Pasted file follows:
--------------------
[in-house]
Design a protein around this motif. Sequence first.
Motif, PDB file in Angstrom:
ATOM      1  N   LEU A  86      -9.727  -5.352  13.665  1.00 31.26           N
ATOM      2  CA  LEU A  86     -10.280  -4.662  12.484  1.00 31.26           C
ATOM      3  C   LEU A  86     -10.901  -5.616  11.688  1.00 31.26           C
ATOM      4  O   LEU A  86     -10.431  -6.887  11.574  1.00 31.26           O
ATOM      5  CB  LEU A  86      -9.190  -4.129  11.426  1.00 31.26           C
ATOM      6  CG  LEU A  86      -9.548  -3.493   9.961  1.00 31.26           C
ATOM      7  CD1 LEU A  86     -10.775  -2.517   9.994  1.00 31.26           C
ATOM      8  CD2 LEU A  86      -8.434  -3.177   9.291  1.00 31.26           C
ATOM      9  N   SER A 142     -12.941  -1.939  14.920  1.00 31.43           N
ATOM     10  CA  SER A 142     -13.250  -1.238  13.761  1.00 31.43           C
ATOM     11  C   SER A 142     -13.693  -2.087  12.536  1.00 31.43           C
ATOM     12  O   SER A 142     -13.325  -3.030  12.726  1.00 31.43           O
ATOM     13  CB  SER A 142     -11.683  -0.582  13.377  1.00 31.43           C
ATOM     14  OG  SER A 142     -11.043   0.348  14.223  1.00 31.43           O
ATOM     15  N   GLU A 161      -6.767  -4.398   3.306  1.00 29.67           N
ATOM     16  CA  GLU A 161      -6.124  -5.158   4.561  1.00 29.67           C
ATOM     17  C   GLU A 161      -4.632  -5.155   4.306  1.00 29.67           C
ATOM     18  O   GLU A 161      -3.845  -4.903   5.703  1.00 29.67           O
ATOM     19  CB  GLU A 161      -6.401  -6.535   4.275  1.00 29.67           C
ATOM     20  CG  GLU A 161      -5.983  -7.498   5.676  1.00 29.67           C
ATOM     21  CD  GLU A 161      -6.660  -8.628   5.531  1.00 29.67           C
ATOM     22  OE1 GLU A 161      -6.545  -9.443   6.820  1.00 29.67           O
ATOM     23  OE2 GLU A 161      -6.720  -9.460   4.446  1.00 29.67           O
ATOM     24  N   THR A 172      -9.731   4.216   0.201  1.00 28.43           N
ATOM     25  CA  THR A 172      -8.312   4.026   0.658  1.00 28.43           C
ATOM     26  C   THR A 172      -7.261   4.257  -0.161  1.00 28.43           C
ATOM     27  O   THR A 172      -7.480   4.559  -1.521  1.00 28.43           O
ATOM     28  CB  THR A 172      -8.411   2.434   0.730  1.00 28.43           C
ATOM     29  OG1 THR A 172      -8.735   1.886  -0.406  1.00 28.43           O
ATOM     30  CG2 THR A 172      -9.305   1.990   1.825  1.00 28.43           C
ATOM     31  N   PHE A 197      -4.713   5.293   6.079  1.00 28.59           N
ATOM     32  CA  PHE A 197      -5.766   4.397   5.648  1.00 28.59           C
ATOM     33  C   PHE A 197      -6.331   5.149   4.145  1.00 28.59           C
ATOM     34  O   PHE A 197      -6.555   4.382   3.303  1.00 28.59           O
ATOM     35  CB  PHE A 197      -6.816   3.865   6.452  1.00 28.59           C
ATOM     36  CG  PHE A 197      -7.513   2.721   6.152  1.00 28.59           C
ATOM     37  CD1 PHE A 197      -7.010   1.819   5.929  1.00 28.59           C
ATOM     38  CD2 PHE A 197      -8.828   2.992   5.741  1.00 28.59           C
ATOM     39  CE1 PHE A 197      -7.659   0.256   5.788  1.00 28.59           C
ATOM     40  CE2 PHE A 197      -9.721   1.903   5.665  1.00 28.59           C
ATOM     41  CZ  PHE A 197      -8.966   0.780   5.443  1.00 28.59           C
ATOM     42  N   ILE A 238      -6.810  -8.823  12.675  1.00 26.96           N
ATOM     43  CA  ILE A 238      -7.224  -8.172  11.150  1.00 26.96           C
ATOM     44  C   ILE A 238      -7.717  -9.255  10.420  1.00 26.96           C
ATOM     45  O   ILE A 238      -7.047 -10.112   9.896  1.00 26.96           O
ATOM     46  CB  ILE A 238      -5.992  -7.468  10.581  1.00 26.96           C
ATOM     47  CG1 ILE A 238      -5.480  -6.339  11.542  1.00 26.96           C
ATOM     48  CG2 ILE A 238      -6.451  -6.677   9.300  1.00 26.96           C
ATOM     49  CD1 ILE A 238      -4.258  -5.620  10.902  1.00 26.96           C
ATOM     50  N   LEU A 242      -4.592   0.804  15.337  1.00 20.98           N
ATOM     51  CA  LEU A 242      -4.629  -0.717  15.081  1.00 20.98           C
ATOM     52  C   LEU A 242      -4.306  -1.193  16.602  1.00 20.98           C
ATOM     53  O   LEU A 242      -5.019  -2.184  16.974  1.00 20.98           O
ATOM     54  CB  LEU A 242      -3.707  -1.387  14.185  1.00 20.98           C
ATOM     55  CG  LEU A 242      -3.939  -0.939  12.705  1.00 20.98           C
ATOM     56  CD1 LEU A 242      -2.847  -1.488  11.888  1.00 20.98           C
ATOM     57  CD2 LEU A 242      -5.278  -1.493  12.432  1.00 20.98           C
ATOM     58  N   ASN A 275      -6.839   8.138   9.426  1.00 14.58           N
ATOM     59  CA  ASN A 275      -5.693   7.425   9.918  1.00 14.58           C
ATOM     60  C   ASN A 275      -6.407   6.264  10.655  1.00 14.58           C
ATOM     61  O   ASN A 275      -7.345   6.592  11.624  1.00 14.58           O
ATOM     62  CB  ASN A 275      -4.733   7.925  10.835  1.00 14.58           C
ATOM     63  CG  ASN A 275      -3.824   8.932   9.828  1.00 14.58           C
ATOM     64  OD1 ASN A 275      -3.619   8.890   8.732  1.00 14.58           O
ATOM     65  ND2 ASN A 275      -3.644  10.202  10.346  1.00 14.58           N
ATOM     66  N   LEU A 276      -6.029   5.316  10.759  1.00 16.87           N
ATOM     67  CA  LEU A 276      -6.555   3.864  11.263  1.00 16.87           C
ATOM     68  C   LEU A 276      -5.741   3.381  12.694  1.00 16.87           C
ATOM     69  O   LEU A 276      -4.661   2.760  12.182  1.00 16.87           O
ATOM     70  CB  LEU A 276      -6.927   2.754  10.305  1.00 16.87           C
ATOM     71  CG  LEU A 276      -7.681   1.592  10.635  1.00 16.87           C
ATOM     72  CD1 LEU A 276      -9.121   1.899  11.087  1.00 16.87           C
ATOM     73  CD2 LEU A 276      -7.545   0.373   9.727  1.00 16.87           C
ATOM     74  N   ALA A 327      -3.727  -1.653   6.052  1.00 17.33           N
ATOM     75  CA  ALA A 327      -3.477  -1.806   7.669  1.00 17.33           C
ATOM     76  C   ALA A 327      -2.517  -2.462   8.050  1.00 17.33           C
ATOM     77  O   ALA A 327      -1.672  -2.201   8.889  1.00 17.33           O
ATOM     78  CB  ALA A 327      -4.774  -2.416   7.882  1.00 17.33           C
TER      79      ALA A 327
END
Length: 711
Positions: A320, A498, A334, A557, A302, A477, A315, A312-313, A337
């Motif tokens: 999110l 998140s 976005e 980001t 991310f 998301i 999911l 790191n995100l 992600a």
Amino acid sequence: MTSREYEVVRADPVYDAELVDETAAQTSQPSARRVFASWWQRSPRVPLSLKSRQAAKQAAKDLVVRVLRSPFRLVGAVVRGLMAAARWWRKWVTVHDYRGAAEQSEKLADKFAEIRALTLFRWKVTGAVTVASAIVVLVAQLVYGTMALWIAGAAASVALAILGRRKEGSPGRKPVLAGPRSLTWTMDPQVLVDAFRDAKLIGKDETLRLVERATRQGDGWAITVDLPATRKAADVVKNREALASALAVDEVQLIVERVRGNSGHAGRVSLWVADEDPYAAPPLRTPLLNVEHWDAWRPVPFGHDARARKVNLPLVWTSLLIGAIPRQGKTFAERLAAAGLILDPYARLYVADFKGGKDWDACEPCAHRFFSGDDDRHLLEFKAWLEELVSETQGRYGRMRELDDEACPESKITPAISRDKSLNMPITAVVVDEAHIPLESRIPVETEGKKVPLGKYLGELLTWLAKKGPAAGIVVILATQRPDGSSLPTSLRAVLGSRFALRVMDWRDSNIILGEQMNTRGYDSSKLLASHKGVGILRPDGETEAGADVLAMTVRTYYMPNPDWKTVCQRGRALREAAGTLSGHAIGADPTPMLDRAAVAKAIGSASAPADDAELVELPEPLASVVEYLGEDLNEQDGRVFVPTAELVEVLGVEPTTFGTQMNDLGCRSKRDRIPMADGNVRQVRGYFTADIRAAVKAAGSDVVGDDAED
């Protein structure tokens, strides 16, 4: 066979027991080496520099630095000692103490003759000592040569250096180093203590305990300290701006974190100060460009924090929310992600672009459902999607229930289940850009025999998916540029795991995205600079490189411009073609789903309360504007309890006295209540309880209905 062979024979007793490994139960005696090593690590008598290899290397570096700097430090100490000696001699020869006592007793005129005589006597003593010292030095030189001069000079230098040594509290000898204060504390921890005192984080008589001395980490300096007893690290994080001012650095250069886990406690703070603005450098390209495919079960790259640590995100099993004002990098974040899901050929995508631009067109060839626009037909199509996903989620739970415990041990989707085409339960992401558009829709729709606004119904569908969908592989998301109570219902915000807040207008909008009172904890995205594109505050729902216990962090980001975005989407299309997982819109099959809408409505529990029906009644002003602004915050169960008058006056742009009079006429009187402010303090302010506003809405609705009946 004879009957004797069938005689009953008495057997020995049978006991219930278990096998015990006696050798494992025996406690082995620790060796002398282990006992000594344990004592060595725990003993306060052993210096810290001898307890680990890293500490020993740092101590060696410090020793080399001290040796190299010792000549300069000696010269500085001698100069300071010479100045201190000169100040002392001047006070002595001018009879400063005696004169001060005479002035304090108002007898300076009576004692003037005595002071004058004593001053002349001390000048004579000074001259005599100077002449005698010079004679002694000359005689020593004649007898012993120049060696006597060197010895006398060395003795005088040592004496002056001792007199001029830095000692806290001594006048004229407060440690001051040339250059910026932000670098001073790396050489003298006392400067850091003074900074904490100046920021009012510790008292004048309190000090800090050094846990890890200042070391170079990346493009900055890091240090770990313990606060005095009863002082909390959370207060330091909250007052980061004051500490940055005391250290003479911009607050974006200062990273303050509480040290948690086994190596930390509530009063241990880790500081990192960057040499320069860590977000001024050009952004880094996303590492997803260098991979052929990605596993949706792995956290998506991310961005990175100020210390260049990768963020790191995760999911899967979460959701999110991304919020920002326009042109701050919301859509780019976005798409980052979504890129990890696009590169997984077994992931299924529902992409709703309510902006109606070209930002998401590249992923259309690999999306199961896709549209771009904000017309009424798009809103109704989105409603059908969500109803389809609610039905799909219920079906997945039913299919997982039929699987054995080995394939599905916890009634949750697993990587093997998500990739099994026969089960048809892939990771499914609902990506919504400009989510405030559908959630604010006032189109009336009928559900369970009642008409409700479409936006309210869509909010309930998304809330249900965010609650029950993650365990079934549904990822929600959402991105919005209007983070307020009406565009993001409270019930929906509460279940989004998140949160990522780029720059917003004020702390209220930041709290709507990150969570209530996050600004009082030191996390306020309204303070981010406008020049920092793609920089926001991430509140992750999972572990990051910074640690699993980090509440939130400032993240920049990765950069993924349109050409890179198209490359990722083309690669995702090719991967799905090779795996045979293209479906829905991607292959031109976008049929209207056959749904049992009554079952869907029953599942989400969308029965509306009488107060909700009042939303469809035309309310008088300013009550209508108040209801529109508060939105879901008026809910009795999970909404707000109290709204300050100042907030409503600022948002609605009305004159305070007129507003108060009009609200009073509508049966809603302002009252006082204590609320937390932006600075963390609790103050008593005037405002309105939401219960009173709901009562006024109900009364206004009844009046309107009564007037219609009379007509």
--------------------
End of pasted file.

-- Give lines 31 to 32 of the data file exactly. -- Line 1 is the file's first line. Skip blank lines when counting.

ATOM     28  CB  THR A 172      -8.411   2.434   0.730  1.00 28.43           C
ATOM     29  OG1 THR A 172      -8.735   1.886  -0.406  1.00 28.43           O